Mr. Michael Yeh of PEGATRON said that EVs are not bound by the same structure as traditional automakers, with startups having a stronger presence and software technology sharing equal importance with the automotive segment of the industry. In addition to a strong ICT industry, Taiwan also has outstanding suppliers which have already entered the global automotive supply chain which makes Taiwan a very powerful partner for the EV industry. He stated that upcoming vehicles will be designed with more intelligence, electrification, and integration; which makes smart vehicles an important development direction for the global autonomous industry. Smart cockpits will be an integral part of this development and will need hardware with a great computing performance, AI, sensors, reliable OS, and adequate cybersecurity.
Past to Present: GaN is Now a True Game Changer
Mr. Stephen Coates of GaN Systems Asia's speech focused on the effect of new materials, specifically gallium nitride (GaN), when applied to EV and other electronics. As the world pivots to reduction in CO2, consumption, and more to sustainability, electrification, and the proliferation of electronics; the growth of EV is only a natural progression. At the same time, the growth of EV will require more power and more electronics, but less space usage, less cost, and less weight. Upgrades in the power component; for example by adopting GaN solutions might be the solution to make EVs more reliable, economical, as well as longer running without needing major overhauls to the production processes and facilities.
Panel Discussion - Integration to Create Future Vehicles
The panel discussion of the forum was joined by all the speakers: Ms. Sarah Tatsis of IVY Platform Development, BlackBerry; Mr. Joe Yeh, EA & EVP of Elan Microelectronics; Mr. Michael Yeh, Senior Director of the Automotive BU of PEGATRON; and Mr. Stephen Coates, VP of Global Operations and GM, GaN Systems Asia. The panel discussed the development of the future vehicle and the changes to be expected from future developments of automotive supply chains.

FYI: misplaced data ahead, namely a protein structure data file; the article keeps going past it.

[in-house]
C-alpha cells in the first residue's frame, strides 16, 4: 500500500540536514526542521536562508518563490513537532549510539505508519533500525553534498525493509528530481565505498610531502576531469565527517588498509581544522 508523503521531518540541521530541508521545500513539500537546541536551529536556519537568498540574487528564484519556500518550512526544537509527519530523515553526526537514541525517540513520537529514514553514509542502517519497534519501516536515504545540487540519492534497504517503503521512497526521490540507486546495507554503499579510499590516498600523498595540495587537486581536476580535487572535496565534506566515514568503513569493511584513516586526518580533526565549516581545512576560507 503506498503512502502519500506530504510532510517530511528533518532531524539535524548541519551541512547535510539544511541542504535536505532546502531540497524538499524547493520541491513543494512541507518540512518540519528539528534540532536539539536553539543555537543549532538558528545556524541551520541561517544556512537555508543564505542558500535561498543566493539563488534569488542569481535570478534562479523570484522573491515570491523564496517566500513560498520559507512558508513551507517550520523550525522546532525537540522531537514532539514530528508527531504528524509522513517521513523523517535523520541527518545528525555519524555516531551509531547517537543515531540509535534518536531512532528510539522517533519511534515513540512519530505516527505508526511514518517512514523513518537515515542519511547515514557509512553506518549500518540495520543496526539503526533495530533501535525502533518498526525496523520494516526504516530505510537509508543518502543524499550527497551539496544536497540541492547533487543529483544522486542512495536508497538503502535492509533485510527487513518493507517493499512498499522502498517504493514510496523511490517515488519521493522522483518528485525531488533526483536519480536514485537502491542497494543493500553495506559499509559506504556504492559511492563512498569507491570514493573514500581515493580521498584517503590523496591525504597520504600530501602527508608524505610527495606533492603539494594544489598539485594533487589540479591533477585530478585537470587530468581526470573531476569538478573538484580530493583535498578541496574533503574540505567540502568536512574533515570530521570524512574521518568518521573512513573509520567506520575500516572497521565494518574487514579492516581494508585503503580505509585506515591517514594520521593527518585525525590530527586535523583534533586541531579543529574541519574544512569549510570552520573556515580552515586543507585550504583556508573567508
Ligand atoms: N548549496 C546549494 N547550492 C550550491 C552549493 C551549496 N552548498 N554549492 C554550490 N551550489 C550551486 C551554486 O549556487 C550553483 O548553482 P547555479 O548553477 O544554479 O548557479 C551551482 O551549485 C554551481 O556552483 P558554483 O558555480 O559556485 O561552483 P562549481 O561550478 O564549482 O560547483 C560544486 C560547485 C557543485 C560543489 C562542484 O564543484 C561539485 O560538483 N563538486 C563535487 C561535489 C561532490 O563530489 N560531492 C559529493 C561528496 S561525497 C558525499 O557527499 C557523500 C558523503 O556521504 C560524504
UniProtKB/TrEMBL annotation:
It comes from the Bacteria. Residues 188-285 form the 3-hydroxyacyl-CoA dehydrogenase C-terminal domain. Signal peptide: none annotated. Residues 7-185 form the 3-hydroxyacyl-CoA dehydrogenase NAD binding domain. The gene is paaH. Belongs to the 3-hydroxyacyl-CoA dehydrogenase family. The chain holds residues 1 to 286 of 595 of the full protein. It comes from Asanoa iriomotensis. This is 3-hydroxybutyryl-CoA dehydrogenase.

The future of vehicles is not limited to electrification, but also the intelligent applications which will be the key to its operations. To achieve this, the automotive industry will need to cooperate with the ICT industries not only for the advanced components and technologies, but also for software and security. The future of vehicles will rely on integration and middleware so businesses can differentiate their products to their competitors. With competition only growing, it is vital for automakers to reduce their time-to-market, but at the same time reduce or even eliminate risks all with a safe and flexible solution with no vendor lock-in from all segments: hardware, software, cloud, etc. In this regard, successful integration will rely on reliable partners with aligned goals.
Innovations in technology, whether in form factor, hardware, software, materials, etc. will be able to solve existing problems that traditional solutions might not be able to solve. Replacing materials in components might be able to provide higher performance with lower weight, volume, cost, or fail rate. With a more compact component, automakers might be able to enable new functions and improve customer experience with functionality, reliability, and overall cost.
While automotive-ICT integration was relatively minimal for a long time, the increased scope and necessity will mean automakers will also face new challenges. As customization will be a desired quality, it is very likely the product time-to-market will increase due to a necessity to align the different components and make sure they work as intended. Open ecosystems, standardization, modular designs will be necessary to make sure the products are not delayed any more than it needs to be.
At the same time, while improvements are being done on the product and ecosystem side, companies must make sure to not neglect their talents. Integration will be able to achieve more than the sums of the individual components' sums, but without adequate talent, achieving all of the required aspects will be difficult or too costly.
Watch the full forum video here